The music is by Toru Takemitsu; based on listening alone I'd not have guessed it was him, but there is no doubt that it works very effectively. Percussive and spare, it's not something I'd want to listen to absent the images, but married to the images it invariably added to the experience in a good way.
This is now the third or fourth of Kobayashi's films that I have seen, and so far I like him more than Kurosawa.
(Watched the 183 minute version this time.)
Φανταστική λαογραφία, πανέμορφη αισθητική, ζωγραφισμένοι ορίζοντες και tableaux vivants που προκαλούν ρίγη και ανάμεσα εμβόλιμες σκηνές τρόμου που, παραδόξως, αποτελούν κομμάτι της ίδιας της παράδοσης. Δεν το είχα δει ποτέ για κάποιο λόγο, μου θύμισε πάρα πολύ Powell και Pressburger φιλτραρισμένους μέσα από ένα ανατολικό πρίσμα, πέρασα υπέροχα.
Twenty-second film in my Hooptober 3.0 marathon, which covers a country (Japan - 5 of 6), and a movie from before 1970 (2 of 5).
Beautiful, stylish film depicting four dark fairy tales from Japanese folklore. This composition of this film absolutely bleeds "Japan" in the best way. It feels like a lot of the imagery in this film has heavily influenced modern manga and anime, though perhaps that's just the influence of Japanese culture overall.
This film is a very long watch - the version i saw had a 3h3m running time - but it's well worth it.
One of the single most beautiful horror movies ever put to film; a bounty of morbid delights.
The horror genre more than any other seems to have a lot of anthology films, and of all of them Masaki Kobayashi’s Kwaidan might be the best (which maybe isn’t saying much, anthology movies usually kind of suck). The film presents four traditional ghost stories from Japanese folklore but isn’t really truly a horror movie as one generally thinks of them and isn’t really trying to be scary exactly. The stories themselves have something of a campfire quality to them in the way they set up a supernatural situation then have the protagonist shortly have everything go wrong for them in spooky ways. The substance of the individual stories however is not really the point. Rather, the real joy in…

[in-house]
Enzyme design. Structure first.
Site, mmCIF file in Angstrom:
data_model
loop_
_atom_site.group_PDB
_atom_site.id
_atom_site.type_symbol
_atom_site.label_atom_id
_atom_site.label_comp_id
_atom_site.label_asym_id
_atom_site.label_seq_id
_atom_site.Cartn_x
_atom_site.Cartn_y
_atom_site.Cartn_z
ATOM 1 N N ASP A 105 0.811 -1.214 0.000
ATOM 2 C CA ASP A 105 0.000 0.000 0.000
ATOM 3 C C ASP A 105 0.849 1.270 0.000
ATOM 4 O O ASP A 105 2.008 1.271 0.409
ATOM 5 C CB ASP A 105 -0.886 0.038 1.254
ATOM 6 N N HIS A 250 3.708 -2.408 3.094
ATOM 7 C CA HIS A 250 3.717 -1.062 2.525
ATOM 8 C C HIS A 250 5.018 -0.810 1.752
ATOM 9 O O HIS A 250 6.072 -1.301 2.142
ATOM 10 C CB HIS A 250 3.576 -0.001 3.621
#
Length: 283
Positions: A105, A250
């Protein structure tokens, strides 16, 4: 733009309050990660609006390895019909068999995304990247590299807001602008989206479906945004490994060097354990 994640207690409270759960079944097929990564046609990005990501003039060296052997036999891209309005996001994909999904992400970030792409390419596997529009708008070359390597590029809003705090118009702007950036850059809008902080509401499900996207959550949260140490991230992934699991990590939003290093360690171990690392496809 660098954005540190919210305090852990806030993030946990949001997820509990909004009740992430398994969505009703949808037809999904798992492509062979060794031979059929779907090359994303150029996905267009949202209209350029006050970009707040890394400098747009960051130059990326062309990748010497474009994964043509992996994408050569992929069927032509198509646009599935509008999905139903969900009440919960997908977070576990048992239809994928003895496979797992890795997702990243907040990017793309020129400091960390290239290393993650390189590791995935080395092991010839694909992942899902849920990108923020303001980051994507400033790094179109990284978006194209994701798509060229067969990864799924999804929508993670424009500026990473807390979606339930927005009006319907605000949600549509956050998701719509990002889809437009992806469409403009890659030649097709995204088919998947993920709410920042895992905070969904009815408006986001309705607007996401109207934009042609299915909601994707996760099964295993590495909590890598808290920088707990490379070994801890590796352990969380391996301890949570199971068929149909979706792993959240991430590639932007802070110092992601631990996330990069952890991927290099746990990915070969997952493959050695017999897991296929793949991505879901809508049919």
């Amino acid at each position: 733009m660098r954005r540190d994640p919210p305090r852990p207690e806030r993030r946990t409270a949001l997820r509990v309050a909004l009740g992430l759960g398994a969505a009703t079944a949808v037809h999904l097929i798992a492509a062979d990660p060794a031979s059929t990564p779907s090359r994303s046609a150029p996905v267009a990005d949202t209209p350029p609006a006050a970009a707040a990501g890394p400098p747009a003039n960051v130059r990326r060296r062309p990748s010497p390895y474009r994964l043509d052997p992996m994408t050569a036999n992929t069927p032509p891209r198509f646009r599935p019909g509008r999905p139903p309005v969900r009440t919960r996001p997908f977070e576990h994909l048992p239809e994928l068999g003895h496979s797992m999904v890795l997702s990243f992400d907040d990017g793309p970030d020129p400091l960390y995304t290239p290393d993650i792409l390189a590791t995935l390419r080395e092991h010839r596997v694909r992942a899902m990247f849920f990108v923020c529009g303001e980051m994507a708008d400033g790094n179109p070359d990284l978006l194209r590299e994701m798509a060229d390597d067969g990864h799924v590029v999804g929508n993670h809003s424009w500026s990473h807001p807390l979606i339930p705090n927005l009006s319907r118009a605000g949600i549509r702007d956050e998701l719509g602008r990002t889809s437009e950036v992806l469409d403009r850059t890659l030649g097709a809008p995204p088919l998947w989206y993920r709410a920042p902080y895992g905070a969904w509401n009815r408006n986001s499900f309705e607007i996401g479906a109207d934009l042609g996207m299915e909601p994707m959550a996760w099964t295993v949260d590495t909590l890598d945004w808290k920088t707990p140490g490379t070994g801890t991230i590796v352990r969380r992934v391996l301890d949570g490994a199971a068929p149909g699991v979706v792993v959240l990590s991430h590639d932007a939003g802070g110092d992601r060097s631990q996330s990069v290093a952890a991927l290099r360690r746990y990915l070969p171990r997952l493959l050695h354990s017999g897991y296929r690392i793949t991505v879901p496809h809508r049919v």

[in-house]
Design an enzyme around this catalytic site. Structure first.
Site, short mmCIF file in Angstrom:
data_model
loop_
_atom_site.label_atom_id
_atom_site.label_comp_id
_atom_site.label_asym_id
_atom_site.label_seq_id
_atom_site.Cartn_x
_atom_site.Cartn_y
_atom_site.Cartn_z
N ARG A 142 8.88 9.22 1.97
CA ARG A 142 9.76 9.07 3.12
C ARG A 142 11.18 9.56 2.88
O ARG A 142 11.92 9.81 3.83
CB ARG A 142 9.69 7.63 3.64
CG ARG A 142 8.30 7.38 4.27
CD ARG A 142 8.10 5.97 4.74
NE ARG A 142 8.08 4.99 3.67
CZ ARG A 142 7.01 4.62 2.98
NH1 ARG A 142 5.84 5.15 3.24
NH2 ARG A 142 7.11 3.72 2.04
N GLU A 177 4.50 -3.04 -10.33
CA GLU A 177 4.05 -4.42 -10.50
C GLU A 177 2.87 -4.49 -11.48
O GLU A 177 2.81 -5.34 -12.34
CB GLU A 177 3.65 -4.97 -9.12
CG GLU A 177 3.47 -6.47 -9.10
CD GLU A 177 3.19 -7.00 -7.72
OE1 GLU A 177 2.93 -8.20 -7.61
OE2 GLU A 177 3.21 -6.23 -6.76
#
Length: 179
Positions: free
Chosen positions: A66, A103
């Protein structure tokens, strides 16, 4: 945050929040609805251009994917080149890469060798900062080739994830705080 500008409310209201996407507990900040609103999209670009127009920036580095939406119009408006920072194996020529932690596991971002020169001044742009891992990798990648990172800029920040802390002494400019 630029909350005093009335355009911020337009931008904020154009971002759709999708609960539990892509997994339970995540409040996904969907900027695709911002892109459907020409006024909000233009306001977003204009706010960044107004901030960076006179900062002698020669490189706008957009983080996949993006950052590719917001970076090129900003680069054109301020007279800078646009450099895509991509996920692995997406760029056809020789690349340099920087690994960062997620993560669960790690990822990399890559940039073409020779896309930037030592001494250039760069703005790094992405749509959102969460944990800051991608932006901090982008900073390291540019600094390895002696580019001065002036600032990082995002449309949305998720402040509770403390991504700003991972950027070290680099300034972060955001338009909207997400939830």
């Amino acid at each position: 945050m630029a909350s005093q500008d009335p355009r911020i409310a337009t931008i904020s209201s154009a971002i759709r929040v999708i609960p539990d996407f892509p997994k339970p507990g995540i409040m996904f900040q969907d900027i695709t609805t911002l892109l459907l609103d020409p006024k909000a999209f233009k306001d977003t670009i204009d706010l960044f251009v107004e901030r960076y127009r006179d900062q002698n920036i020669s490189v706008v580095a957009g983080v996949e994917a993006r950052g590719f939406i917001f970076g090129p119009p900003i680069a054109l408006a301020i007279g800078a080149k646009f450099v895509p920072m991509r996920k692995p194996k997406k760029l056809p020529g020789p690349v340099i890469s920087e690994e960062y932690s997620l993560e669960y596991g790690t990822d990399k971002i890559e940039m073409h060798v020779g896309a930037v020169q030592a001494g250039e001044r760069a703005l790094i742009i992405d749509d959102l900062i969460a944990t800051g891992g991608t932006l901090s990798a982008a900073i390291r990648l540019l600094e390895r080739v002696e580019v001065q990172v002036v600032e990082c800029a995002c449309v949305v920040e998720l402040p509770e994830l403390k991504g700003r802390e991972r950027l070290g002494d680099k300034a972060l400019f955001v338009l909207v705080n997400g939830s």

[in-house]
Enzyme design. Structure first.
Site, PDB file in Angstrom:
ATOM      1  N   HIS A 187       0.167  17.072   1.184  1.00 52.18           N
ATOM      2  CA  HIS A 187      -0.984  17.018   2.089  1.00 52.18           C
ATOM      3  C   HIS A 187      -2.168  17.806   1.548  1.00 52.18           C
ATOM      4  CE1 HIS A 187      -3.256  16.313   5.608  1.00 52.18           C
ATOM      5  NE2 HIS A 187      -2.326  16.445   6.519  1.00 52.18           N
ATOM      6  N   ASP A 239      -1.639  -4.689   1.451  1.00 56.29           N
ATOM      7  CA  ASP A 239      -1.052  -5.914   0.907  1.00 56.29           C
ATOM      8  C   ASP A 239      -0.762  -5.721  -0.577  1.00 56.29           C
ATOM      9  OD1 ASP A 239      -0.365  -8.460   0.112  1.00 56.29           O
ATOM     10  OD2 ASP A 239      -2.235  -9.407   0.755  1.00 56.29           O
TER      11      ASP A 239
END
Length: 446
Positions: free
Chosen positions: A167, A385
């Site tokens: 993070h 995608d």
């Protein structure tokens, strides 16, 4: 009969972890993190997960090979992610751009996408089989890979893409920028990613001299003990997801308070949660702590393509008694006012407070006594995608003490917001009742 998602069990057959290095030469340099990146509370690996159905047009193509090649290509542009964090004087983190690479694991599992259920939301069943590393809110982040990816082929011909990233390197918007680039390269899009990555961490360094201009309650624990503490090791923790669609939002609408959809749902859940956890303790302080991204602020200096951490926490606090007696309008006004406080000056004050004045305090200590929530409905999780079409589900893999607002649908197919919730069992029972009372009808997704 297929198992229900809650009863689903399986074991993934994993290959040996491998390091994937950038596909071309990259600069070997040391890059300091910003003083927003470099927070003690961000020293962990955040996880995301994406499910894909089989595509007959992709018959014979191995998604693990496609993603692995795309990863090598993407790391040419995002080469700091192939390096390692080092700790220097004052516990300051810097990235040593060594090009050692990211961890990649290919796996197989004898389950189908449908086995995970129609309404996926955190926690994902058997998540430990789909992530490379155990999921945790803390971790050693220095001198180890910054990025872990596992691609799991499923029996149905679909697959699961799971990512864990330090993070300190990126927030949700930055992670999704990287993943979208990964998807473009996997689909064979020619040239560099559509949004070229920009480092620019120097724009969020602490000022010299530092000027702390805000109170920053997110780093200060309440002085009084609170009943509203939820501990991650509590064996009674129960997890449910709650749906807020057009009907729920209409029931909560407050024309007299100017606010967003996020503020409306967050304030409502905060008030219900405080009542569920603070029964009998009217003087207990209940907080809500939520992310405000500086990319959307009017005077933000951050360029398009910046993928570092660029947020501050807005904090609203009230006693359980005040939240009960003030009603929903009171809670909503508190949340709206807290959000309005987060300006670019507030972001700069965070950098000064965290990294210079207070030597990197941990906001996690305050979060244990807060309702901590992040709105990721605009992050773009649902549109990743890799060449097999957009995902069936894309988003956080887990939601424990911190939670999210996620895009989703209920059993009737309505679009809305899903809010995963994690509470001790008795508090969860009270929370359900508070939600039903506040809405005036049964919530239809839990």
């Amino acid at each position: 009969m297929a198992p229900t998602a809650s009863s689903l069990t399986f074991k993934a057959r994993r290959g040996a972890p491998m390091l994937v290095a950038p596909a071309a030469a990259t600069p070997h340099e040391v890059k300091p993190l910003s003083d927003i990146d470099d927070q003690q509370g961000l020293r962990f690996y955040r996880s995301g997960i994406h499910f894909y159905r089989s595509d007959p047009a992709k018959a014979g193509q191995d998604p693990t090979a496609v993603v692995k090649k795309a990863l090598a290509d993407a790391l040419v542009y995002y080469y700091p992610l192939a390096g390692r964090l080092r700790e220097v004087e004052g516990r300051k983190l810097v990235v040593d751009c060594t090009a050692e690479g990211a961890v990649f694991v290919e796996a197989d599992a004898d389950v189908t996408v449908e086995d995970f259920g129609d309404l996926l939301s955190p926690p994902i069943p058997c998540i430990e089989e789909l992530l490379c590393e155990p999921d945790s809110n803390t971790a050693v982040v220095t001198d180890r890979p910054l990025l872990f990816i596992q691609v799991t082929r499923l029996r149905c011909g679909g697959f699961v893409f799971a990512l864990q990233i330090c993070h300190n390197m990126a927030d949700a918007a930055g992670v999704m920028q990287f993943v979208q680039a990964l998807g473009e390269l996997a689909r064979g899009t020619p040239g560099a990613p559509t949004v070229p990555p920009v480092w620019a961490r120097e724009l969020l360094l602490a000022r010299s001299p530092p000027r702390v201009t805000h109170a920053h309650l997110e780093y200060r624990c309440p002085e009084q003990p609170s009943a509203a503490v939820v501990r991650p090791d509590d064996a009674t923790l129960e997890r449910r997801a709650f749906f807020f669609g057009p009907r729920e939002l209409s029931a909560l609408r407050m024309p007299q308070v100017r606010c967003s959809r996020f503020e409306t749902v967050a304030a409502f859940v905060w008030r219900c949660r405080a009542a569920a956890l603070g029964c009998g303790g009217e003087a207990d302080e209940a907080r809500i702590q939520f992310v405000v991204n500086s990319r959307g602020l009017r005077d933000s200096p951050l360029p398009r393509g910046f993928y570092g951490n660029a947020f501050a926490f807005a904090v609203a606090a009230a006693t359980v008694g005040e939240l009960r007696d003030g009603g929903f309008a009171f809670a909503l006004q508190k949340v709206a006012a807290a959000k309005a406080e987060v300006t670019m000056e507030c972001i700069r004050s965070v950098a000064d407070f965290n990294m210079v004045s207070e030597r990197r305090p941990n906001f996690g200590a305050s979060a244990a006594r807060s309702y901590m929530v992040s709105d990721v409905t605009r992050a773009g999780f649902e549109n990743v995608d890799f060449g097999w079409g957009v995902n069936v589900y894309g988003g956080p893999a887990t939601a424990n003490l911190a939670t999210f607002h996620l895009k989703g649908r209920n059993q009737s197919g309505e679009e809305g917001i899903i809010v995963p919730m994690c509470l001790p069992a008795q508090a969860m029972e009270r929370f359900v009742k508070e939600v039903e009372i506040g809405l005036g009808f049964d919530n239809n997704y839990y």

31 Days of Horror 2016: Day 14 KWAIDAN
It’s long been my opinion that every great filmmaker should try their hand at horror at least once over the course of their career. Horror directors sometimes repeat some of the same themes, the same scares, the same monsters, and it takes an outsider to bring something fresh to the genre every once in a while. Examples: Stanley Kubrick’s The Shining, Danny Boyle’s 28 Days Later, Kathryn Bigelow’s Near Dark, Richard Donner’s The Omen, Jonathan Demme’s The Silence of the Lambs, and so on and so forth. Taking a break from his politically charged sagas that addressed some of Japan’s sins, director Masaki Kobayashi decided to adapt a collection of ghost stories…
beware the ghosts of our past.
a list that is trying to contain every horror film made that is not lost and is found on the…
High-rated movies with very few views. Suggestions are welcome.